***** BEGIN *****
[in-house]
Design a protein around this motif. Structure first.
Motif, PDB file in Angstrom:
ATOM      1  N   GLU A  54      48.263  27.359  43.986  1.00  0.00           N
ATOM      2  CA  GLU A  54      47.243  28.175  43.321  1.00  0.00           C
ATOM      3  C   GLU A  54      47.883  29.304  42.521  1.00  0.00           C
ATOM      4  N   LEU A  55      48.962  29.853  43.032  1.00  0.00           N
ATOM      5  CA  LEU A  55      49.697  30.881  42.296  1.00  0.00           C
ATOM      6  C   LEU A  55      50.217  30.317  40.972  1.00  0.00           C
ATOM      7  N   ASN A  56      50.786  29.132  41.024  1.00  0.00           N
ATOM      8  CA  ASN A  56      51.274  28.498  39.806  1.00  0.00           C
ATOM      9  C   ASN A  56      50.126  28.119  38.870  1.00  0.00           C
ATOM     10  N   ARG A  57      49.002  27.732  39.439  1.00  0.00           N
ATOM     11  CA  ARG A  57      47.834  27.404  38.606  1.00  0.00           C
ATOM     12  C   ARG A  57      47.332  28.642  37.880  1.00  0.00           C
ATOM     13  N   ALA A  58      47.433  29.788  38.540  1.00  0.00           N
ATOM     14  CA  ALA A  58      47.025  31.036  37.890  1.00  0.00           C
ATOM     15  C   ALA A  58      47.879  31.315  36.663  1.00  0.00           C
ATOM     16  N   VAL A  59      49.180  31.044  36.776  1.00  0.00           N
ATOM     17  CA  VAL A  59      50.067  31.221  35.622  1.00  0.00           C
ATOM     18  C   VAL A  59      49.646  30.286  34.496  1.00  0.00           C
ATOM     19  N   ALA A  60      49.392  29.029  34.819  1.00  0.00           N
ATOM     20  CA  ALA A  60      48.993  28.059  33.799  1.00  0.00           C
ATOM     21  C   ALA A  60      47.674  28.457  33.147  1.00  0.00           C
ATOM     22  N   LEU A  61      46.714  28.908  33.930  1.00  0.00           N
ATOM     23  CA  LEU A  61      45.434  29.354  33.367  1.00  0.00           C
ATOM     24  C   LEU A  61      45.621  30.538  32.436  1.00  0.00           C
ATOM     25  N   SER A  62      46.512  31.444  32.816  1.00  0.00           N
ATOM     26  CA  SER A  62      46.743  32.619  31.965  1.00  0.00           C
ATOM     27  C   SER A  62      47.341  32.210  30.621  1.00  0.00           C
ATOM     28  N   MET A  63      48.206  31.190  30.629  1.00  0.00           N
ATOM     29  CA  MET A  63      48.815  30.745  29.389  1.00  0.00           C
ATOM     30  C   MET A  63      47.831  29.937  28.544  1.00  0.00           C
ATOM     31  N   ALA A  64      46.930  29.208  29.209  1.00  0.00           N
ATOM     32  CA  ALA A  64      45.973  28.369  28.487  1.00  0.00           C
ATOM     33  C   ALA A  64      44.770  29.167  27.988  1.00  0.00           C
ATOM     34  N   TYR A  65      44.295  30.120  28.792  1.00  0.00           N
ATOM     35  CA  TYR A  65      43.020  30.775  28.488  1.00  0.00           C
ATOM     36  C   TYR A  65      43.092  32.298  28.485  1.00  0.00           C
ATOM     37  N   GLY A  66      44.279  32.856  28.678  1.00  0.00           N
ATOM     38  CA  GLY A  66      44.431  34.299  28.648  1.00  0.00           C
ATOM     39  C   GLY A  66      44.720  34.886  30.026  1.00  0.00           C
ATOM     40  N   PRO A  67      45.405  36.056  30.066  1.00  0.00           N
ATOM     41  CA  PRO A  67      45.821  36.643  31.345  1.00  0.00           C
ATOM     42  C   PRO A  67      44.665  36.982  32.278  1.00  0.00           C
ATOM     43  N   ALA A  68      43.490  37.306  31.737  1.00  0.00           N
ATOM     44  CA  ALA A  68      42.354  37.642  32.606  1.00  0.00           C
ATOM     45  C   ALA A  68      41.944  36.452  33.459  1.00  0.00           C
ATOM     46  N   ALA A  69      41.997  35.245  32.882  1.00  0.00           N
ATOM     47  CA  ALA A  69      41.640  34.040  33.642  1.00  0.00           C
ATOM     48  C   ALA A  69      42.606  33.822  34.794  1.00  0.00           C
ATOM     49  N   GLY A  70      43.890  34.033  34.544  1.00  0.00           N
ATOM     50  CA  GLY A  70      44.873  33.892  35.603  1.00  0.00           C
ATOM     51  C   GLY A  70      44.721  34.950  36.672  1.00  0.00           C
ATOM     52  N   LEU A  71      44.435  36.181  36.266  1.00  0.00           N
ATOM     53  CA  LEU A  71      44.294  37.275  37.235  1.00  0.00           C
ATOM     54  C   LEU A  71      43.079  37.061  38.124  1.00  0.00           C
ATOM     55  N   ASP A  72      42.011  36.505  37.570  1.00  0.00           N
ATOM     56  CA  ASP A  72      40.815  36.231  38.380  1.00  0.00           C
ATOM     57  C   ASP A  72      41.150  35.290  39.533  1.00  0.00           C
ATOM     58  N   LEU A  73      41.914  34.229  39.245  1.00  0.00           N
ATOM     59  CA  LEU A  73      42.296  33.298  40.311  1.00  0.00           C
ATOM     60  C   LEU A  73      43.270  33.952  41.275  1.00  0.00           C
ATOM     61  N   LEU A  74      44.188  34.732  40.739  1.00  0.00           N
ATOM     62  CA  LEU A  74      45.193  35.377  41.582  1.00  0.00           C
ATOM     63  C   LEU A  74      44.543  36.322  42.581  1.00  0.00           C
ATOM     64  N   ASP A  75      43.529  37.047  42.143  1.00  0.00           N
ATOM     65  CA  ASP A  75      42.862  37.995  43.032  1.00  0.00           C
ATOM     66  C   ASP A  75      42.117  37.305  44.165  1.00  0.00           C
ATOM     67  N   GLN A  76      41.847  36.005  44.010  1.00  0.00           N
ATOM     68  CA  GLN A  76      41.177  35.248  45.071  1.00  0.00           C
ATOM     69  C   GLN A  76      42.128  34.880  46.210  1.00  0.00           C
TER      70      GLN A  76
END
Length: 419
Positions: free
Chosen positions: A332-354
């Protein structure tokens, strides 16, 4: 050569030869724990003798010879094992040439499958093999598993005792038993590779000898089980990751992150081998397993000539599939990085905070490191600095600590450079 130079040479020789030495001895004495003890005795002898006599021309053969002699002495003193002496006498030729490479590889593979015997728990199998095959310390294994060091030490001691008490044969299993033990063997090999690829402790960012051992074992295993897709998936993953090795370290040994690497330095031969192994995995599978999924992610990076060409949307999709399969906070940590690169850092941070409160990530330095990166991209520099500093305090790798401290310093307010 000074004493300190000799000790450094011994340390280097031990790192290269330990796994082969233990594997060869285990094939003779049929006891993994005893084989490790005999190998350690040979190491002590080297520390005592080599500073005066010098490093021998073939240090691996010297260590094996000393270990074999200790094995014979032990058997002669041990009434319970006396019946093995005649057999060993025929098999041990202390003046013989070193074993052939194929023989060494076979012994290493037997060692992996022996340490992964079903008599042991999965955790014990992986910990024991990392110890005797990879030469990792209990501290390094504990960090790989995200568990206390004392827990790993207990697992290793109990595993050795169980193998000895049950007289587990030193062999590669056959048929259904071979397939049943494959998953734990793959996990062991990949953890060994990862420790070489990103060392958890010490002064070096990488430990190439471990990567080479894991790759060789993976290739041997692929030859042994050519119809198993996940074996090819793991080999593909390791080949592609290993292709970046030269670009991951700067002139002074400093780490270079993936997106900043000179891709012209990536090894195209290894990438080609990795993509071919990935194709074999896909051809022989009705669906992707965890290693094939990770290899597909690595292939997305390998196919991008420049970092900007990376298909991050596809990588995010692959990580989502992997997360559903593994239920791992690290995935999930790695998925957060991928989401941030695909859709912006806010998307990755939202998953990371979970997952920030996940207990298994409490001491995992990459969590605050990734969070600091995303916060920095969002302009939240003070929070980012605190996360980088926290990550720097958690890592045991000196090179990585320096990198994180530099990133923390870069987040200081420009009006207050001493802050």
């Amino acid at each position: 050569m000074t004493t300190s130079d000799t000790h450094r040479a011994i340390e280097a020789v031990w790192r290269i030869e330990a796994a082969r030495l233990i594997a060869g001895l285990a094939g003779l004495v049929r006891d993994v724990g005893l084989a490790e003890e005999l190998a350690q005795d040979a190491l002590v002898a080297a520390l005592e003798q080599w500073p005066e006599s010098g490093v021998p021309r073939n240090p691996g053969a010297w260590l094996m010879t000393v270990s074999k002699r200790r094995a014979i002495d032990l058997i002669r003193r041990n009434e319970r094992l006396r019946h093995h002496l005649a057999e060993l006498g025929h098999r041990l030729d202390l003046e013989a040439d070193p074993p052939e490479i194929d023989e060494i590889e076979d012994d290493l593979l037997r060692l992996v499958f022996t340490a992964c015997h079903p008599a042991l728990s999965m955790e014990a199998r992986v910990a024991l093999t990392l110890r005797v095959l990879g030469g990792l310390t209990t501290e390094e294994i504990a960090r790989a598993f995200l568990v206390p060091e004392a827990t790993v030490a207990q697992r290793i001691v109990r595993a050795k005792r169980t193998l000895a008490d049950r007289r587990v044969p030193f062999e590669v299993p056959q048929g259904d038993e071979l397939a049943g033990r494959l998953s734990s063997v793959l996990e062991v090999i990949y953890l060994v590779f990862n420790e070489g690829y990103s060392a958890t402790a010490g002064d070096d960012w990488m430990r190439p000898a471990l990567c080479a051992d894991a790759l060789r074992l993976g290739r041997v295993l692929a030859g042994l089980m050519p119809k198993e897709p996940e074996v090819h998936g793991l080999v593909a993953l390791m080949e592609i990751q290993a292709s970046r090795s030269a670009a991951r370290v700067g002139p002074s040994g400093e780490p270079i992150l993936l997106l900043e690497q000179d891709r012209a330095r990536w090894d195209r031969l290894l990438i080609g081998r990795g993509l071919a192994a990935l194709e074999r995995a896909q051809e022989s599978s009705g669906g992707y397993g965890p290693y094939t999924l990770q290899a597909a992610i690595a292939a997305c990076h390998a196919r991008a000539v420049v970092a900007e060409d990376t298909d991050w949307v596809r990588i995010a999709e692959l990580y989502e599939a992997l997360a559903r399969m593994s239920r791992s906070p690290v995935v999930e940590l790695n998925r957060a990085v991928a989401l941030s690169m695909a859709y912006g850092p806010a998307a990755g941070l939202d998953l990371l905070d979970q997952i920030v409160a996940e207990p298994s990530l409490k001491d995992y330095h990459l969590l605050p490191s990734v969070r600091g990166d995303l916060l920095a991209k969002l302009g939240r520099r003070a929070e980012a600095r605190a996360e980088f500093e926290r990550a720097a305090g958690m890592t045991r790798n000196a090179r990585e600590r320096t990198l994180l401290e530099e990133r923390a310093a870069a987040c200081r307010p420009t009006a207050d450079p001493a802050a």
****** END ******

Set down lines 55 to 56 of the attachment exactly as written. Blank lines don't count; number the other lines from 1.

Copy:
ATOM     52  N   LEU A  71      44.435  36.181  36.266  1.00  0.00           N
ATOM     53  CA  LEU A  71      44.294  37.275  37.235  1.00  0.00           C